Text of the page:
If you ignore the irrationality and greed of humans there is a plethora of suitable alternative energy sources. But how many will work in the real world?
When so much human energy/will is devoted toward extracting money from their peers, perceptions become prioritized much more than efficiency, practicality or sustainability. The magnitude of this is still hitting me as I spend time in urban areas.
Efficiency and percieved socioeconomic status do not mix (past buying organic food and hybrid cars anyway.) To change this would require a direct reversal of the philosophies of the people who have the least to gain, the most to lose, and ever increasing power to manipulate the public's perceptions. Not likely to occur by choice, but one way or another it will happen. We can only hope for the ability to choose how..

As for nuclear, why the hell can't it be switched over to a gas cooled pebble bed style reactors? They seem so much more trustworthy with the bonus of being much harder to weaponize.. With recent events I really can't blame people for being wary though. I doubt it will ever be much of a solution to our energy problems.
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[*] posted on 17-8-2011 at 21:01


Consider that the sun is a large fusion energy source at an ideal distance away from the earth...

A very large portion of the energy we use on earth is from the sun already. Granted some of it like from oil has been captured by plants into chemical bonds, eaten by animals, and so on, decomposed and reformed, then drilled, pumped and refined... Oil is solar energy in one chemical form. With so many steps its not as efficient as solar panels or solar thermal uses, etc... But its easy at the moment. Any time someone says that oil is more efficient than solar photovoltaic... they don't get it. They are looking at oil as if it has always been here without thinking of how much energy it took to create it.

We think of solar energy as a pipe dream because we have been living off the oil from so long ago. We just pump it out, refine it, and burn it. We only see half of its life. You can think of the oil reserves on earth as a sort of rechargeable massive battery which was very inefficiently charged up by solar energy long ago... and which we are beyond the half-way point of draining, using very inefficient machines. A capacitor may be more accurate since we have been draining it so quickly... If we never had the oil to use, we would most certainly be using solar panels, solar thermal, nuclear, wind, etc... And these types of threads would not exist. If life would be around at all.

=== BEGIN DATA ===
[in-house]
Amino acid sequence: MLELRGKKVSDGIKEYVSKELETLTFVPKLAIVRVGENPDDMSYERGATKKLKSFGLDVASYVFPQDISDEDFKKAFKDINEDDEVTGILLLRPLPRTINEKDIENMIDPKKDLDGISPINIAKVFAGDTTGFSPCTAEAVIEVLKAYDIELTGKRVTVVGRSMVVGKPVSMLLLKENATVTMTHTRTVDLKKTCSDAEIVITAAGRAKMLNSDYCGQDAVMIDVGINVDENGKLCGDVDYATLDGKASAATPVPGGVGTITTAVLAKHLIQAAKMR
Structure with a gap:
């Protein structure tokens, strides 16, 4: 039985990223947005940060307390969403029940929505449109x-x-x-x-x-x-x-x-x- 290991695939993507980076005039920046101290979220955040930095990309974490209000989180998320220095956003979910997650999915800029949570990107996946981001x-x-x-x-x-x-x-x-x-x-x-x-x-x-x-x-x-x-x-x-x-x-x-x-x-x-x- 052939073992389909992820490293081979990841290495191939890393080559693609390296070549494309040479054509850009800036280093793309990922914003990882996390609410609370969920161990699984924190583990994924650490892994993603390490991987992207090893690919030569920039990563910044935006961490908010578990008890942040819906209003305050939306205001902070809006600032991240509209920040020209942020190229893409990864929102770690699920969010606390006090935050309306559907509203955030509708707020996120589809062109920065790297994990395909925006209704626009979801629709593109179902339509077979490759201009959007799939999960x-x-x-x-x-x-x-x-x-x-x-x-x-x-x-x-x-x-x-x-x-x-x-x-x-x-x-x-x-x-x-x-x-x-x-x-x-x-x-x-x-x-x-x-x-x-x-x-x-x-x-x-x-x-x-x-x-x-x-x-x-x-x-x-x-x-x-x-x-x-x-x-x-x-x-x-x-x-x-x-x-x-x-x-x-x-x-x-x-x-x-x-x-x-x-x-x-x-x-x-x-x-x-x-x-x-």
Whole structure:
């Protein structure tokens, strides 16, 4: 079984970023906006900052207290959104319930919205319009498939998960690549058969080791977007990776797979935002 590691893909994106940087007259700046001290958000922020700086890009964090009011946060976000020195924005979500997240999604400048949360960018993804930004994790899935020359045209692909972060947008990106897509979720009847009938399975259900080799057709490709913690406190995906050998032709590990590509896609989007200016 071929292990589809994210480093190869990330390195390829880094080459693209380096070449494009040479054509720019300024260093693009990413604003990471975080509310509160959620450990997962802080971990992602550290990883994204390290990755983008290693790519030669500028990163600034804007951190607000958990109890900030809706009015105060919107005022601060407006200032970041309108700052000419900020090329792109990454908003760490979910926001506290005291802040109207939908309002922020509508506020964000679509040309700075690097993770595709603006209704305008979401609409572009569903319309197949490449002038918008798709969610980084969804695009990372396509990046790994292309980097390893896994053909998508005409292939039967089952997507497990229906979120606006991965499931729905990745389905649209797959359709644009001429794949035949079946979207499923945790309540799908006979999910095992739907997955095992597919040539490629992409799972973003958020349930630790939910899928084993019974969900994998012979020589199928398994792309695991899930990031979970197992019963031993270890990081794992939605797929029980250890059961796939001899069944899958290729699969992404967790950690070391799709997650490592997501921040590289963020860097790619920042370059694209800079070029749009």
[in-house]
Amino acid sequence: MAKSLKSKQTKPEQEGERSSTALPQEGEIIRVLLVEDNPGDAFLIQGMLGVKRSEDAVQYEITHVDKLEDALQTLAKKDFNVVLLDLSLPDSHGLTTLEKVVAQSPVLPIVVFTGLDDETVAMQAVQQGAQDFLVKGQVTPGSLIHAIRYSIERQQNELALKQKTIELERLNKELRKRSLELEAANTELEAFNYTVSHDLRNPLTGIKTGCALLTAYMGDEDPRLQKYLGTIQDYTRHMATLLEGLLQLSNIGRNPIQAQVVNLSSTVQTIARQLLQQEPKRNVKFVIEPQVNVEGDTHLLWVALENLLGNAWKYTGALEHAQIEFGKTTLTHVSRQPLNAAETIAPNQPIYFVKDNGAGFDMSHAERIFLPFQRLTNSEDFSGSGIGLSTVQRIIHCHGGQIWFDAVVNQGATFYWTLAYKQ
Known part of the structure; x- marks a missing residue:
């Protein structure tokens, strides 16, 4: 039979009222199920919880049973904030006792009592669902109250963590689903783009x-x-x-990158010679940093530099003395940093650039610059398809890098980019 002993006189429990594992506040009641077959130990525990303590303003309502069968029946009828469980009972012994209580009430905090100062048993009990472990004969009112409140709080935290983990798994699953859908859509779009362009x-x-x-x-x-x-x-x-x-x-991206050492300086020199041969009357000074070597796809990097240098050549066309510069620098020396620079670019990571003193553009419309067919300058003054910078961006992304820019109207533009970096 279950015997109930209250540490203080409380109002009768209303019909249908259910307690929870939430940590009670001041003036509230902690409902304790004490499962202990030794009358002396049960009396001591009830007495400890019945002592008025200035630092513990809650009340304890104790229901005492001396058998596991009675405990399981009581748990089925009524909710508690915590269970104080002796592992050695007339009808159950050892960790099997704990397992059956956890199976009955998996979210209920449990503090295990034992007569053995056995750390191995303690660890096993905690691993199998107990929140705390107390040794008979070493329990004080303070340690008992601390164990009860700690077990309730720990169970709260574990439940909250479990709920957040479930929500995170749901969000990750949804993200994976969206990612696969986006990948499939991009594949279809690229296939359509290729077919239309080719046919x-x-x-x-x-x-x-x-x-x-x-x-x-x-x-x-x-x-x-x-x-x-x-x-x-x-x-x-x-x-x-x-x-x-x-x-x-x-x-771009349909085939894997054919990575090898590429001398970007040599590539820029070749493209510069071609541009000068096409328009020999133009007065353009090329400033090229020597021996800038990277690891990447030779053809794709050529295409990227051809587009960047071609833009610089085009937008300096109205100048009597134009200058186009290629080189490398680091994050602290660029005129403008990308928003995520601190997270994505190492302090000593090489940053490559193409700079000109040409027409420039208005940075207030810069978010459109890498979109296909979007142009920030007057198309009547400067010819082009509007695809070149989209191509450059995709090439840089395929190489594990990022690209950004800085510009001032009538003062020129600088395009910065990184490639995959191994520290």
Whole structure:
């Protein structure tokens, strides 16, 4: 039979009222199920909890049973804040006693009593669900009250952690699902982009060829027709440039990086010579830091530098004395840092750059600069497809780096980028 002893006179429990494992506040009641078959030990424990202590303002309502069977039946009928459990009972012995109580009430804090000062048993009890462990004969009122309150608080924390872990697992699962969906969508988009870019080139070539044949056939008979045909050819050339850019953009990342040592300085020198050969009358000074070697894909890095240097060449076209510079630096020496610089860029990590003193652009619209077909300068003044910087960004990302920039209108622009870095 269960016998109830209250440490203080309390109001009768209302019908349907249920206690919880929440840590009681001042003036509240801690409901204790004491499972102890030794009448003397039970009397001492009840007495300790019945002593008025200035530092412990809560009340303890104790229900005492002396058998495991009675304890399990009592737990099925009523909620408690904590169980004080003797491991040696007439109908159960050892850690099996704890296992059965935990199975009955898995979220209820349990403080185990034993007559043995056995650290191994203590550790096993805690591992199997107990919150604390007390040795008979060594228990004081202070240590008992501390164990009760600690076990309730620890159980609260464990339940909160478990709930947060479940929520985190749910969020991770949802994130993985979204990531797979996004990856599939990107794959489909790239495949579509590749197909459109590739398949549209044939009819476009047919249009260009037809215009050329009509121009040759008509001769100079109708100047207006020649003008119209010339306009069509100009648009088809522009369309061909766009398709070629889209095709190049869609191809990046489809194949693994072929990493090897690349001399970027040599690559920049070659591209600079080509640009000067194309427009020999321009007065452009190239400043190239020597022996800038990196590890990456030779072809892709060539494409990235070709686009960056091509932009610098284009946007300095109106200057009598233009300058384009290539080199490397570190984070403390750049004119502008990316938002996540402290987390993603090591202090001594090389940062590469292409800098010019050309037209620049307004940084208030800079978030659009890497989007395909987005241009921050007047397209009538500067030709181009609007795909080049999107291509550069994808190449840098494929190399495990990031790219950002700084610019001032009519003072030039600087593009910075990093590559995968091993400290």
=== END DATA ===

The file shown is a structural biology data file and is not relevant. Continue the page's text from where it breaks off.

Solar voltaic, solar thermal, etc... are solar energy like oil, but more direct and more efficient. As are grown crops. The food you eat (hopefully) is solar energy. Calling solar energy a pipe dream is naive. Its everywhere. "You are made of star stuff (RIP Carl Sagan)." Calling the corpolitical consumer mindset sustainable... now that is more like a pipe dream.

These more readily renewable sources of energy are what we should have been using for a very long time... Why haven't we been using them in greater amounts? With more efficient machines? Corporations, government, politics. Money really. All sorts of these alternative energy sources and more efficient things have been known for a very very long time... and not implemented for profit reasons. IE Nickel-iron batteries and electric cars we could of had around the time of the model-T... Why weren't they? Because some companies wanted to sell lots of lead-acid batteries with shorter cycle lifes and gasoline because thats where there investments were. There is less profit in a battery you only need to buy once. Large cars and trucks we don't need to buy, but buy anyways because the media tells us to and hey, its cool. We use uranium nuclear reactors because of the plutonium byproduct which the military wants and because the companies were fully invested in uranium at the time... Never mind that thorium is dirt cheap, has by products with shorter half-lifes, and doesn't have a plutonium byproduct as an incentive to stockpile nuclear weapons. And we can't forget that the liquid thorium fluoride reactors are inherently safer than any uranium reactors since they don't depend on computers to shut them off.

Granted there are geothermal, tidal, nuclear, etc... sources of energy which are not necessarily 100% completely from the sun or the gases which coalesced to form our solar system. But in a way they are made possible by the sun none the less...

BTW, next energy era is likely to be the thorium era... then alternative energies or fusion depending on our technological and societal successes or failures.




So many ideas... too few dealing with chemistry.